Equifax officially revealed the extent of its data breach — and it’s not pretty

Security / Tech
Equifax

Even the earliest stories about this breach, as they broke, were clear that the scope of the incident was vast.

Photo courtesy Markus Spiske

Long after the initial media circus died down, Equifax has finally, officially, revealed the full extent of their recent data breach. The statement takes the form of an open letter to the U.S. Securities and Exchange Commission, and it delivers much more detail about the type of information lost to hackers back in September 2017.

What does the filing reveal?

First and foremost, the tone of the Equifax letter is revealing in itself. The company faced political, rather than legal, pressure to release these findings publicly and provide a full accounting of the breach.

As you may remember, representatives from Equifax testified before Congress personally. Shortly afterward, politicians and journalists alike, all around the world, began to question whether the company was taking the situation seriously at all, given that Equifax stood to turn a profit from, rather than actually receive punishment for, their unprecedented carelessness.

With that in mind, this official filing gives the impression Equifax believes the book is closed on this issue and they’ve taken all the actions they intend to take:

“Through the company’s analysis, Equifax believes it has satisfied applicable requirements to notify consumers and regulators. It does not anticipate identifying further impacted consumers, as it has now completed analysis of government-issued identification numbers stolen together with names.”

The filing indicates Equifax retained forensic investigators and third-party cybersecurity firms to help them more precisely determine how many records, and what types of information, went missing.

How much and what kinds of information were stolen?

Even the earliest stories about this breach, as they broke, were clear that the scope of the incident was vast. Unfortunately, the official letter to the SEC reveals the situation is even worse than people originally feared. Here’s a breakdown of what the letter revealed:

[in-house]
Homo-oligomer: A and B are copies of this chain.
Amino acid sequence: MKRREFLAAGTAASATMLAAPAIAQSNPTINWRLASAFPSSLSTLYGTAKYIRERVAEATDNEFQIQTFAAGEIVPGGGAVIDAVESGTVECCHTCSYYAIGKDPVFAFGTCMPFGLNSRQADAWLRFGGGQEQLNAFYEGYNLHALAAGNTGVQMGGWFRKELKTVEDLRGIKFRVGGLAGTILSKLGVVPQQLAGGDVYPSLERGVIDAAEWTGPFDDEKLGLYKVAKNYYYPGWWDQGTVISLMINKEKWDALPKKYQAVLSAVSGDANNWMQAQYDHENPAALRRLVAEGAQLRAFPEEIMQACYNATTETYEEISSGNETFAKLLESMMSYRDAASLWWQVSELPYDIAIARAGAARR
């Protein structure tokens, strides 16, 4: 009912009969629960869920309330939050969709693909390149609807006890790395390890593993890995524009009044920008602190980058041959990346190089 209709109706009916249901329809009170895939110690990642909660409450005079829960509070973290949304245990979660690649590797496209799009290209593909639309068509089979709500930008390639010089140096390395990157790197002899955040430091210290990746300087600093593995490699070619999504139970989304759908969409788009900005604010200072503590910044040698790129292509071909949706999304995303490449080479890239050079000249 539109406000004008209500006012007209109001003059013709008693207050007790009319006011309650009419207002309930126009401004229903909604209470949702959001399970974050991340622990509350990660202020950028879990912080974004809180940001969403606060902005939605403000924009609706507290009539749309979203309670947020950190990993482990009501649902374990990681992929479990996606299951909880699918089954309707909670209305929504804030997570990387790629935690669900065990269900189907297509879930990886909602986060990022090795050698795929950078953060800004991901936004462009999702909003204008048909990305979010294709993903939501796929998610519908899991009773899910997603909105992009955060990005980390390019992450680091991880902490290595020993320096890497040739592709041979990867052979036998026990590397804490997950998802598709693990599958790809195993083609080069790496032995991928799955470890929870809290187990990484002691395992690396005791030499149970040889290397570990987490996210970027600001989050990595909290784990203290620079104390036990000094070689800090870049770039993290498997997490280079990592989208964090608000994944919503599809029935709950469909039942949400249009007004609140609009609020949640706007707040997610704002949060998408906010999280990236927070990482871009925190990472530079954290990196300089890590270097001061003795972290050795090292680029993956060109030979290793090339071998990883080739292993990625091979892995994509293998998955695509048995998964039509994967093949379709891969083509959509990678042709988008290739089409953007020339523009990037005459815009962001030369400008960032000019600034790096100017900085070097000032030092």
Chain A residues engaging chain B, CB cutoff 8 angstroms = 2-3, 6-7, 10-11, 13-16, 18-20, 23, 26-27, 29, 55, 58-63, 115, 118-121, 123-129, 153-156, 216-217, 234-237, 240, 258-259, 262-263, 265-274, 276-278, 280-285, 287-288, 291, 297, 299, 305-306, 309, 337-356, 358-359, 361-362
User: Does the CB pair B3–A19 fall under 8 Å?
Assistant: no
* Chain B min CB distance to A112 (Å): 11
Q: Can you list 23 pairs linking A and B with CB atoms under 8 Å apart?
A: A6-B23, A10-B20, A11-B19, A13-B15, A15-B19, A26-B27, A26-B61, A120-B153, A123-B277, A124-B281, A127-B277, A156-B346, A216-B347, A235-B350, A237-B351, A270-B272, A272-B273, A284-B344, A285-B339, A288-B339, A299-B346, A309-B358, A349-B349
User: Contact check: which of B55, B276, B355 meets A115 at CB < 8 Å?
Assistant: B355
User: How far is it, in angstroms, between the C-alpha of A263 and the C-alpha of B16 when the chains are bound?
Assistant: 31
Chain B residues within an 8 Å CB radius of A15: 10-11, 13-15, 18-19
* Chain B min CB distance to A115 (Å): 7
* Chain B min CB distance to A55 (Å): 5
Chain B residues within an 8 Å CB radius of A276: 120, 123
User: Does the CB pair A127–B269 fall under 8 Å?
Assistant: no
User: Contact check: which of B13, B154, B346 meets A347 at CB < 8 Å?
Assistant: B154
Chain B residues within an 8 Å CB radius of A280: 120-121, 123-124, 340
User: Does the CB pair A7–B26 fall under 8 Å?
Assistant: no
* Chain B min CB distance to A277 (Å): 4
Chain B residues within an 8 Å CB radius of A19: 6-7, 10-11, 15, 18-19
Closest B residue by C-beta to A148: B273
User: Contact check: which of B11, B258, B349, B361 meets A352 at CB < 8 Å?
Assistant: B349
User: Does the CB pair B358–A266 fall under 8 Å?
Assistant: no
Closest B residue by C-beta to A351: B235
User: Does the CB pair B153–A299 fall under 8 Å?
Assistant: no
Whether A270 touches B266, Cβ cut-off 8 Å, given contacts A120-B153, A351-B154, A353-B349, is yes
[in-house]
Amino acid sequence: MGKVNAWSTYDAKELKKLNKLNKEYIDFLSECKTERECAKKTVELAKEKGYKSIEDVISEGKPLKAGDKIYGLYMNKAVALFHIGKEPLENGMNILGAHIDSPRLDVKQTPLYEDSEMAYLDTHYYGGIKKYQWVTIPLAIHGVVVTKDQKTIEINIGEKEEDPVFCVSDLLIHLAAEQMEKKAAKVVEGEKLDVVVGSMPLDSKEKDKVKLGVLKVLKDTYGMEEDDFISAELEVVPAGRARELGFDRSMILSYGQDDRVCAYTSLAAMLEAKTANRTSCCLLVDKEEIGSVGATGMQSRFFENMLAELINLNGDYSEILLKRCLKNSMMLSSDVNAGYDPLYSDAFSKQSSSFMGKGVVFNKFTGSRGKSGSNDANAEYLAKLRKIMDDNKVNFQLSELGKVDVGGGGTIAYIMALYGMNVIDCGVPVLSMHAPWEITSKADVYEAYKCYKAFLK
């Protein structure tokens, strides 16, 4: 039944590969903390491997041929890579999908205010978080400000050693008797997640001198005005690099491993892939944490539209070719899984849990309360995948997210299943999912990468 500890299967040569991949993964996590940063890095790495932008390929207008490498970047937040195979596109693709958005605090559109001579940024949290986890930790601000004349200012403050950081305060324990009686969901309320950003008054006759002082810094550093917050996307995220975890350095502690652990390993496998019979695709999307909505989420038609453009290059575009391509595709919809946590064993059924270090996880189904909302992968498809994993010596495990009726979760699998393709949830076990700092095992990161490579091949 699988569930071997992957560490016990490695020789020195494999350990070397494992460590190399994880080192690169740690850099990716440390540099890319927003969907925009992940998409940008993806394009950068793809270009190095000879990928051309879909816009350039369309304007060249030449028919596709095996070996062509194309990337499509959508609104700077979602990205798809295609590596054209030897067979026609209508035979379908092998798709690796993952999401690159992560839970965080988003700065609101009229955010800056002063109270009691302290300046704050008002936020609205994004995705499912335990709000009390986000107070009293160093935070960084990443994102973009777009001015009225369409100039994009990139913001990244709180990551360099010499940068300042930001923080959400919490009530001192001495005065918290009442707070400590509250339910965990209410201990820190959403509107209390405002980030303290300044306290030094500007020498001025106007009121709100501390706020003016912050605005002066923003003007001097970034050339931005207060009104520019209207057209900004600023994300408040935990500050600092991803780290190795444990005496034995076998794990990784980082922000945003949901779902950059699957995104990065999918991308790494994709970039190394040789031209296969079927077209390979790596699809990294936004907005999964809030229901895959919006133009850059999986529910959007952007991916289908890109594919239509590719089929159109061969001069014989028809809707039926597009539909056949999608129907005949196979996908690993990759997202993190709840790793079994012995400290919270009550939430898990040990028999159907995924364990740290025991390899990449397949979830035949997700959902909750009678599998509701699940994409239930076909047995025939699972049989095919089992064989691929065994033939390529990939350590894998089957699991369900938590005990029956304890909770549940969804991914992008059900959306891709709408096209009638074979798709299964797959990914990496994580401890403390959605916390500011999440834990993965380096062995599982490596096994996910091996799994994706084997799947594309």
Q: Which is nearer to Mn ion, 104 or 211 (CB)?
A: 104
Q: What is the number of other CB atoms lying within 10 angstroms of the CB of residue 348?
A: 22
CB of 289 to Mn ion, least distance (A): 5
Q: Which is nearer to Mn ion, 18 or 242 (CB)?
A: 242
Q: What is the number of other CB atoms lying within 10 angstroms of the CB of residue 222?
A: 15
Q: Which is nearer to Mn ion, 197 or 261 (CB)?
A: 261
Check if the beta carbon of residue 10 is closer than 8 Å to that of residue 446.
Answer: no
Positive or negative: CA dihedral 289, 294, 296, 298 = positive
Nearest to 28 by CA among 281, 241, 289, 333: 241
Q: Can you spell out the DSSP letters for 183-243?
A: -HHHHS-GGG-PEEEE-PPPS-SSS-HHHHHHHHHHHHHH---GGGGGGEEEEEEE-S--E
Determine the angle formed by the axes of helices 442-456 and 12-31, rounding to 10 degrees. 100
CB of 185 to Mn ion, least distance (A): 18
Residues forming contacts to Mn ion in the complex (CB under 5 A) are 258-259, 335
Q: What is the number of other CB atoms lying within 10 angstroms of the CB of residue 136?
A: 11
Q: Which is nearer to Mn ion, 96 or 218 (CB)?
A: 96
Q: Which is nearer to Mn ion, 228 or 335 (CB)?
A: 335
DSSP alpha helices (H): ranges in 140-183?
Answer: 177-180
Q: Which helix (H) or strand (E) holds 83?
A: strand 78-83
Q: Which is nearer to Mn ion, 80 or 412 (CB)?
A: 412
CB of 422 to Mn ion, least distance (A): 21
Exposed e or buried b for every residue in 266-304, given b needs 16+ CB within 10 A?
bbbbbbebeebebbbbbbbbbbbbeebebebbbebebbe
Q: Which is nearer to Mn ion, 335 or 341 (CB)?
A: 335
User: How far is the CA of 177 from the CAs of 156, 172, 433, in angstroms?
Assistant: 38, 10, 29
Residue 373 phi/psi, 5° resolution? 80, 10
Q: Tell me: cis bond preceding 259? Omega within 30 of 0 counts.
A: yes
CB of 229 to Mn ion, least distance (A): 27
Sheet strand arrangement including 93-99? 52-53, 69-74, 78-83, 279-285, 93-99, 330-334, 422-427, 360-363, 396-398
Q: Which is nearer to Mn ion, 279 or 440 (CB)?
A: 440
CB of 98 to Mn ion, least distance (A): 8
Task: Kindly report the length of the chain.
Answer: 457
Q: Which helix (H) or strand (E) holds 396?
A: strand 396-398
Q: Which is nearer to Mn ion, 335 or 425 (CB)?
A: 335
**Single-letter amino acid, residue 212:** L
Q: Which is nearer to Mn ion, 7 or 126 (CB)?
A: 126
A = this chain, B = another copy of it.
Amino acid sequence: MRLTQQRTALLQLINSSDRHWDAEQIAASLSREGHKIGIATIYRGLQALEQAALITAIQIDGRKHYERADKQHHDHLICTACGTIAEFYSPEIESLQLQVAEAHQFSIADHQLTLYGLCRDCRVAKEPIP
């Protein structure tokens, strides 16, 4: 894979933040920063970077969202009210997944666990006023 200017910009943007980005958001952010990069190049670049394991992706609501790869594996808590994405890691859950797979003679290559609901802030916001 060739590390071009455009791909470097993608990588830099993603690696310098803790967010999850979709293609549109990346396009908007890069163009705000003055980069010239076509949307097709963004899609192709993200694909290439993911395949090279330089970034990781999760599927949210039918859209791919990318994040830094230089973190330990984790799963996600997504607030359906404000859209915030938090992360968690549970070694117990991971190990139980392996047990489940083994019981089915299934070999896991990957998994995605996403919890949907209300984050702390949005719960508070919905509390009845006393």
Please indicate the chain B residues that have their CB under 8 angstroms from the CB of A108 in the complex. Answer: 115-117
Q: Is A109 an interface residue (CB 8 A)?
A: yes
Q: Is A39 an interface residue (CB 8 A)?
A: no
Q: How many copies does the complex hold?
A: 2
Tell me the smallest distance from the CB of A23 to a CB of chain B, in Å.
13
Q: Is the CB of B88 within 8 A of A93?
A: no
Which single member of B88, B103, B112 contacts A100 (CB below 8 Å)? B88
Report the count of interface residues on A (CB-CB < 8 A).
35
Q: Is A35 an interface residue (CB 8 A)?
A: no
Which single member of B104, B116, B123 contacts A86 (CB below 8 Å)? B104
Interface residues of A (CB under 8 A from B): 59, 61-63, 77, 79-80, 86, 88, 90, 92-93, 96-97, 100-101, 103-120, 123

• 6 million lost names and birthdates
  • 5 million lost Social Security numbers
  • 99 million lost home addresses
  • 27 million lost gender identities
  • 3 million lost driver’s license numbers
  • 8 million lost credit card numbers
  • 209,000 lost credit card expiration dates
  • 97,500 lost tax ID numbers

Taken individually, either the number and the variety of the lost information would, by itself, qualify this as the single most consequential data breach in history. The entire population of the United States is only 325.7 million as of this writing, meaning roughly half of us had one or more pieces of critical and identifying information taken against our will.

Whether, and to what extent, financial institutions and credit reporting companies will be subjected to appropriate legislation in the future is uncertain. Even many months after the report of the Equifax breach, Congress showed no signs of introducing new privacy laws to protect consumers from the companies they effectively can’t “opt out” from if they intend to apply for credit at any point in their lives.

Gov. Cuomo of New York and some other state-level politicians have floated their ideas for improved oversight. At the federal level, some additional measures have been suggested, including tightening rules for data brokers and making credit freezes free of charge. However, Americans affected by this event, if they want peace of mind, will mostly have to take their data safety into their own hands for the foreseeable future.

Driving home the importance of cybersecurity

To begin with, if you haven’t taken the time to do so, and you don’t anticipate applying for a new loan in the near future, consider freezing your credit with each of the main credit reporting companies.

Beyond that, it’s worth reflecting on how this breach drives home the importance of cybersecurity. Even before it got involved in handling the fallout of the Equifax breach, the SEC had already published guidelines on best practices for investment advisers and other financial institutions.

One of these is penetration testing — which not only helps harden servers, networks and web applications against intrusion but also, when performed regularly, improves cybersecurity mindfulness at the cultural level in companies and helps leadership make better-informed and more proactive decisions.

For individuals, the takeaway here is to remain constantly vigilant about which companies you entrust with your personal data — and also to use strong, memorable passwords and to rotate them on a regular basis.

For companies, the picture is a lot more complicated. Even without reasonable regulations in the picture, there’s a certain amount of unspoken trust financial services customers expect of the companies they “choose” to do business with.

If you’re not carrying out periodic assessments of your cybersecurity vulnerabilities, actively reviewing your strategies and proactively preparing and training your employees, vendors, and partners, you certainly should be — because the question is not if, but rather when, you’ll face vulnerabilities of your own.

Until we vastly improve the technological foundations that power the banking world — think blockchain and other next-generation tech — privacy-mindedness is going to be a serious value proposition for private companies and a clear way for them to stand apart from their peers.

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